Apple tends to penetrate markets in a big way, so after quietly entering the car infotainment sector this year, the OEM giant is beginning to attract a lot of attention in the automotive world — particularly from tier-1 suppliers that could directly compete against Apple. In the immediate future, CarPlay, Apple's iOS for automotive infotainment, will begin to show up in cars. So far, Ferrari, Honda, Hyundai, Jaguar, Mercedes-Benz, and Volvo plan to offer Apple's CarPlay as an option in 2014. Other major carmakers are expected to follow their lead. The interface will eventually be available in 25 million cars by 2020, according to IHS Automotive.
On a consumer level, this means users will be able to sync their iPhones with their dashboards in cars that offer CarPlay. The dashboard displays the CarPlay iOS interface, allowing users to check email, texts, Facebook, and other things; run the iPhone navigation app; and stream music from their iPhones with a dashboard touchscreen.
Carmakers will offer CarPlay as an option that users can select among other smartphone interfaces. At least initially, carmakers will hesitate to lock out customers who have Android or other non-Apple smartphones. They will thus continue to offer other infotainment options in their models that can work with Nokia, Android, and Sony smartphones, as well as with iPhones.
Volvo's XC90, which was one of the first models to debut CarPlay in March, accommodates Android phones as well as iPhone devices, for example:
On the software front, the Android OS will serve as the main competing alternative to CarPlay. Google is also backing the Open Automotive Alliance (OAA) and the consortium's development of an Android-based infotainment platform with input from Audi, General Motors, Honda, Hyundai, and Nvidia.
But Apple is likely thinking in bigger terms than just offering CarPlay as an alternative software interface for dashboard infotainment in cars. While Google's Android for car applications are limited to software, Apple has a successful history of OEM design experience to offer carmakers, in addition to its iOS.
Essentially, Apple could eventually offer embedded systems for car dashboards to its PC, iPhone, and iPad product lineup. Continental, Harman, and Delphi have also expressed concern about Apple's plans, Frost & Sullivan says.
“Given Apple's user interface popularity of its iOS, its hardware appeal, and its massive app developer ecosystem, Apple could play a huge role in disrupting the tier-1 value chain in the medium term,” Praveen Chandrasekar, an analyst with Frost & Sullivan's automotive and transportation division, told EBN during an interview. “Apple could end up being a one-stop provider to vehicle OEMs.”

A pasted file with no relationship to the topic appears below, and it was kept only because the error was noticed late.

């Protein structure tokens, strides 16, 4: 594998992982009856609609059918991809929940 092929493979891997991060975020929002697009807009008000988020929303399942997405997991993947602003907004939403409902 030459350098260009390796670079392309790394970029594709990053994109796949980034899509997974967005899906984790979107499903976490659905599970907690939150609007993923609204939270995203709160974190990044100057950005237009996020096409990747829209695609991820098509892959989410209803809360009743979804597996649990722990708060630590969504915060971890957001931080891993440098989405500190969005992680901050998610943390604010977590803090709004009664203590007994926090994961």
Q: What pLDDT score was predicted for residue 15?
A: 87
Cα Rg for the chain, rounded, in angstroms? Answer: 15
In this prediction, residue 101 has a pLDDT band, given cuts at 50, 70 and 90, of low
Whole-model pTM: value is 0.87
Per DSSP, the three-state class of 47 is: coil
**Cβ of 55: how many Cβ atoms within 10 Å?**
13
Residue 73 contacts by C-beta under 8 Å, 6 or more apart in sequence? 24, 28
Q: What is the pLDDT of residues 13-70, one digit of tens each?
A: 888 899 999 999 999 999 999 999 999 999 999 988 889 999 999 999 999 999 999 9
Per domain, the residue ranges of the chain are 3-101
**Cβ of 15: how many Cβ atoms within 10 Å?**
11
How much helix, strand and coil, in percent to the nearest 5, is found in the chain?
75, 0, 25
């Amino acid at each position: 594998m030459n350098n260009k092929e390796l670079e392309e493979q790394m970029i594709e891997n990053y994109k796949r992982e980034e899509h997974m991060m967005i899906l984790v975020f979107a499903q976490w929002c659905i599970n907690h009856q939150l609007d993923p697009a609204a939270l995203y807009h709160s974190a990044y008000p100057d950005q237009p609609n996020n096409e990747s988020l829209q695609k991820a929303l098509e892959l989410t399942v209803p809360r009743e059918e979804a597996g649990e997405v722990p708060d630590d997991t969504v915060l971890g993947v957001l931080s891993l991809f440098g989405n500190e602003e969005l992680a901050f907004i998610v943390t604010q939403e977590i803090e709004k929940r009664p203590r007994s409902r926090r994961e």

However, Apple's history as an OEM could work against it in the car sector, he said. “Apple's notorious image of controlling its complete ecosystem will not go well in the auto space where OEMs traditionally control everything.”
He also insists that Apple has not begun to offer embedded OEM systems for car dashboards. He noted that the version of CarPlay available now is designed to work with Continental, Harman, and Delphi infotainment hardware.
However, the concern among tier-1 suppliers is “how far Apple will go in this market,” Chandrasekar said. “We have to realize Continental, Harman, and Delphi don't have native expertise in software, apps, etc. for which Apple can play a huge role,” he continued. “Apple has proven its mettle with the iOS iterations of its user-interface design over the years. Also, Apple has a massive developer ecosystem that is already developing apps for iOS platforms, which is another added advantage. All of this definitely concerns traditional tier-1s.”
Apple has not commented on whether or not it will one day enter the embedded systems space for cars. However, there are signs that Apple is looking at the hardware design side of car infotainment:
- Apple holds two patents for embedded car applications. One is for a touchscreen cockpit design and the other is for a car communications device for emergency road services. “[This shows] that it could eventually progress to a broader hardware and software integrated solution for the connected car space,” Chandrasekar said.
- Apple became one of the world's most recognized brands by offering very unique software and hardware designs and what many consider to be a superior user experience that competing products did not offer. “Hardware is an area in which Apple prides itself,” he said. “We believe this will extend to the car market as well.”
There has also been much speculation about the possibility Apple purchasing electric car maker Tesla. But while a merger is far from pending, the implications of Teslas becoming “iCars” are obvious. “If Apple ends up buying Tesla as rumored, then Apple will end up becoming a true system integrator in the connected car space,” Chandrasekar said.
Consumers will have a first look at what it is like using their iPhones with a touchscreen console in the dashboards of their cars during the coming months. Their reactions could serve as a market test before carmakers one day make the jump and offer “iCar” versions of their future models. Those involved in the infotainment and telematics supply chain will likely be watching very carefully.